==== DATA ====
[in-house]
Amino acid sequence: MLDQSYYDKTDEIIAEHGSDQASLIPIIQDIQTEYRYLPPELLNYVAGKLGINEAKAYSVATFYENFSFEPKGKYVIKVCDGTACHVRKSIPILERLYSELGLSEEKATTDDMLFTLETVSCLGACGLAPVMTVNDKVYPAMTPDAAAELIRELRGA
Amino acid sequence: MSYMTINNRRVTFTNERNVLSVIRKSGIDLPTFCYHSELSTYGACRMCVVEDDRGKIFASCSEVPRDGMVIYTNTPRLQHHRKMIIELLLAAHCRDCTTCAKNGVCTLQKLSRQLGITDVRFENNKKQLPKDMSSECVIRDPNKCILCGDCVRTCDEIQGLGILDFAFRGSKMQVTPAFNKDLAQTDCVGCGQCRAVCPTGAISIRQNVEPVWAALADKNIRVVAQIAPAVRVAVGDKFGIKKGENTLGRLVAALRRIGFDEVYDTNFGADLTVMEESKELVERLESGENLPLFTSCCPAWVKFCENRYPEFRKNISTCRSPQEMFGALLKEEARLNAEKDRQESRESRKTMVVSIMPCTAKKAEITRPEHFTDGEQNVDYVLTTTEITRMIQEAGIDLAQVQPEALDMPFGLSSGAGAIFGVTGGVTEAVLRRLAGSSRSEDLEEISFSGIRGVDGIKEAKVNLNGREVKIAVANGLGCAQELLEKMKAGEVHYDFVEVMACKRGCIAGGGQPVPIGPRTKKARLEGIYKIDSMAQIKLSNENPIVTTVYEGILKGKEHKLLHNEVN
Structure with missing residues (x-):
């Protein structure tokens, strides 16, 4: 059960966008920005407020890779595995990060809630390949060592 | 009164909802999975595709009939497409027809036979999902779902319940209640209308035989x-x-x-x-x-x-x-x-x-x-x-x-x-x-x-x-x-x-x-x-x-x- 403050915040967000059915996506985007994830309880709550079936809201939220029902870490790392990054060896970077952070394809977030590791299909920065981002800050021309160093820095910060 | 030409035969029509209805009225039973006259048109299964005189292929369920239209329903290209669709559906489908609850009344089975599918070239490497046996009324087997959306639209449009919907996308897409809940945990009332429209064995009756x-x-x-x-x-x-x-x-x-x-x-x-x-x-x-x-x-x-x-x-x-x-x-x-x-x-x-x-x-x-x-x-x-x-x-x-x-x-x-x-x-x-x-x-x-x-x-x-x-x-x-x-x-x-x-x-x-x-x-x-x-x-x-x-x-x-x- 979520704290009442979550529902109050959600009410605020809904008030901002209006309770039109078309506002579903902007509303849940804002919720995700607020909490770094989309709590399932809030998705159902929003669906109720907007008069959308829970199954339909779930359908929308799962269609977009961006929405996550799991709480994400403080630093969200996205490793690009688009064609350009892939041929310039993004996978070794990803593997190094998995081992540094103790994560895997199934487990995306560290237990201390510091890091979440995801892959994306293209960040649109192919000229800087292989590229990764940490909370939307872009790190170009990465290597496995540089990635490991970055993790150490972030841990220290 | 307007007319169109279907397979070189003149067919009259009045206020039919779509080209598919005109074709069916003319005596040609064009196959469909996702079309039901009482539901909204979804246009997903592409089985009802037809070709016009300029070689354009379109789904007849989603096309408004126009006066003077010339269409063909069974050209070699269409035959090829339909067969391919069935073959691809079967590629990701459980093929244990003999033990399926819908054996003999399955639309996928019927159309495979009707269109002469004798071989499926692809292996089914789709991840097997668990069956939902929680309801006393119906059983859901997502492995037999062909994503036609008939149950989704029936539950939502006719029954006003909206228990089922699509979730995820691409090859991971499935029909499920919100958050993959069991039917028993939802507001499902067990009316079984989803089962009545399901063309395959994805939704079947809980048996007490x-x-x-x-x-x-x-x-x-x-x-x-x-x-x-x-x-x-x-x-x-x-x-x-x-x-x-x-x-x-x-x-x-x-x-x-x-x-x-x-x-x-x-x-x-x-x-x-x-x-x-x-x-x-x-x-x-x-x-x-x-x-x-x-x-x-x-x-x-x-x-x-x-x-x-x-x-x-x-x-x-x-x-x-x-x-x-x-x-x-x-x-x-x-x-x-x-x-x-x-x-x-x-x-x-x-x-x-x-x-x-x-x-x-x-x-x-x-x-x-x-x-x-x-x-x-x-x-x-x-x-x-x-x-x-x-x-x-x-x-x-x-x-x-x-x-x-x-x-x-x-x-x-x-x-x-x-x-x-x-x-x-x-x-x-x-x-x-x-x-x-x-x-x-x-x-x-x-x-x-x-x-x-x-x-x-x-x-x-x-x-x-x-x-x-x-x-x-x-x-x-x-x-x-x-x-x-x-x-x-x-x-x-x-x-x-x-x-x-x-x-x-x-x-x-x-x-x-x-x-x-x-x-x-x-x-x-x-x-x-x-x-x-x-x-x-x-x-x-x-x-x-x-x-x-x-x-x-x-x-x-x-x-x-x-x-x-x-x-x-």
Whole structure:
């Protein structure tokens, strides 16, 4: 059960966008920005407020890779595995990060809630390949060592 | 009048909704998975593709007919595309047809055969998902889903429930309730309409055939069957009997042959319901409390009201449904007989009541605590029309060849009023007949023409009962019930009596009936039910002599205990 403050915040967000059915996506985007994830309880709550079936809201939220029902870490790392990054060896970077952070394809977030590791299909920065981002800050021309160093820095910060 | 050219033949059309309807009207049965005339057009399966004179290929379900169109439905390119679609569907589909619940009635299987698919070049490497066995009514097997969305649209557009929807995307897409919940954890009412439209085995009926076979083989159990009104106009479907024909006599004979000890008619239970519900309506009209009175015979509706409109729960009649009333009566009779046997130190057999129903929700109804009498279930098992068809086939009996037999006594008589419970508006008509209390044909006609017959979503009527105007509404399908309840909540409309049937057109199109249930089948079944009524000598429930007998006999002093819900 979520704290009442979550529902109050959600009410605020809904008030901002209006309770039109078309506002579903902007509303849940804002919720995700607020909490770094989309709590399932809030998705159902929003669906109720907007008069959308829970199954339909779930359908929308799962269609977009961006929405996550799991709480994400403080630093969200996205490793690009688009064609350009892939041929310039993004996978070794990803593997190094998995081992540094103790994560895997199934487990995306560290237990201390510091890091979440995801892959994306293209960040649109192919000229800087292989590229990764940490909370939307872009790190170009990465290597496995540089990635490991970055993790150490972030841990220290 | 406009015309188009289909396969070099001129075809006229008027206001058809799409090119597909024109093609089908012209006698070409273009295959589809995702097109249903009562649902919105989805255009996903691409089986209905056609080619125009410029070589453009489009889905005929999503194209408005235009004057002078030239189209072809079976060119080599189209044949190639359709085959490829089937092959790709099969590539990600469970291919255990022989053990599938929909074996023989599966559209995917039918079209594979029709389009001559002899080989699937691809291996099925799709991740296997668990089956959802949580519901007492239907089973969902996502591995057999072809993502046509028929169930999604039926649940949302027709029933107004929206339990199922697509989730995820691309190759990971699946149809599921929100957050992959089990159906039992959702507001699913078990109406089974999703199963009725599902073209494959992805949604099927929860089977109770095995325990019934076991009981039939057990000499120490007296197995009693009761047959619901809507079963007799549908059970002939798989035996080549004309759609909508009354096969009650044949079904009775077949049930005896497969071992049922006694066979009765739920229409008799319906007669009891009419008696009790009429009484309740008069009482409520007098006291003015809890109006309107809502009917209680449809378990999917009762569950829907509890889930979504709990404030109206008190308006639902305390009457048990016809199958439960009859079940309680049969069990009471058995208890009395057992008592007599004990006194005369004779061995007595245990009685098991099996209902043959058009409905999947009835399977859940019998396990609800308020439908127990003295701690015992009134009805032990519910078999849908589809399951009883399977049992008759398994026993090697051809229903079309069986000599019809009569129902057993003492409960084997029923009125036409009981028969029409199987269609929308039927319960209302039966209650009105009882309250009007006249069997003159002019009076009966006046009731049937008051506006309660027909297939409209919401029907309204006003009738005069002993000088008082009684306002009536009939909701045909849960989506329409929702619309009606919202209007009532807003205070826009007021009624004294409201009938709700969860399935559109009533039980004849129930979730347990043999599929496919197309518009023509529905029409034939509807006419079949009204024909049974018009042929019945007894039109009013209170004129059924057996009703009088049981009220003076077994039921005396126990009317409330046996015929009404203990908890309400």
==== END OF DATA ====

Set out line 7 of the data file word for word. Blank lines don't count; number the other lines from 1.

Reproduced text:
């Protein structure tokens, strides 16, 4: 059960966008920005407020890779595995990060809630390949060592 | 009048909704998975593709007919595309047809055969998902889903429930309730309409055939069957009997042959319901409390009201449904007989009541605590029309060849009023007949023409009962019930009596009936039910002599205990 403050915040967000059915996506985007994830309880709550079936809201939220029902870490790392990054060896970077952070394809977030590791299909920065981002800050021309160093820095910060 | 050219033949059309309807009207049965005339057009399966004179290929379900169109439905390119679609569907589909619940009635299987698919070049490497066995009514097997969305649209557009929807995307897409919940954890009412439209085995009926076979083989159990009104106009479907024909006599004979000890008619239970519900309506009209009175015979509706409109729960009649009333009566009779046997130190057999129903929700109804009498279930098992068809086939009996037999006594008589419970508006008509209390044909006609017959979503009527105007509404399908309840909540409309049937057109199109249930089948079944009524000598429930007998006999002093819900 979520704290009442979550529902109050959600009410605020809904008030901002209006309770039109078309506002579903902007509303849940804002919720995700607020909490770094989309709590399932809030998705159902929003669906109720907007008069959308829970199954339909779930359908929308799962269609977009961006929405996550799991709480994400403080630093969200996205490793690009688009064609350009892939041929310039993004996978070794990803593997190094998995081992540094103790994560895997199934487990995306560290237990201390510091890091979440995801892959994306293209960040649109192919000229800087292989590229990764940490909370939307872009790190170009990465290597496995540089990635490991970055993790150490972030841990220290 | 406009015309188009289909396969070099001129075809006229008027206001058809799409090119597909024109093609089908012209006698070409273009295959589809995702097109249903009562649902919105989805255009996903691409089986209905056609080619125009410029070589453009489009889905005929999503194209408005235009004057002078030239189209072809079976060119080599189209044949190639359709085959490829089937092959790709099969590539990600469970291919255990022989053990599938929909074996023989599966559209995917039918079209594979029709389009001559002899080989699937691809291996099925799709991740296997668990089956959802949580519901007492239907089973969902996502591995057999072809993502046509028929169930999604039926649940949302027709029933107004929206339990199922697509989730995820691309190759990971699946149809599921929100957050992959089990159906039992959702507001699913078990109406089974999703199963009725599902073209494959992805949604099927929860089977109770095995325990019934076991009981039939057990000499120490007296197995009693009761047959619901809507079963007799549908059970002939798989035996080549004309759609909508009354096969009650044949079904009775077949049930005896497969071992049922006694066979009765739920229409008799319906007669009891009419008696009790009429009484309740008069009482409520007098006291003015809890109006309107809502009917209680449809378990999917009762569950829907509890889930979504709990404030109206008190308006639902305390009457048990016809199958439960009859079940309680049969069990009471058995208890009395057992008592007599004990006194005369004779061995007595245990009685098991099996209902043959058009409905999947009835399977859940019998396990609800308020439908127990003295701690015992009134009805032990519910078999849908589809399951009883399977049992008759398994026993090697051809229903079309069986000599019809009569129902057993003492409960084997029923009125036409009981028969029409199987269609929308039927319960209302039966209650009105009882309250009007006249069997003159002019009076009966006046009731049937008051506006309660027909297939409209919401029907309204006003009738005069002993000088008082009684306002009536009939909701045909849960989506329409929702619309009606919202209007009532807003205070826009007021009624004294409201009938709700969860399935559109009533039980004849129930979730347990043999599929496919197309518009023509529905029409034939509807006419079949009204024909049974018009042929019945007894039109009013209170004129059924057996009703009088049981009220003076077994039921005396126990009317409330046996015929009404203990908890309400």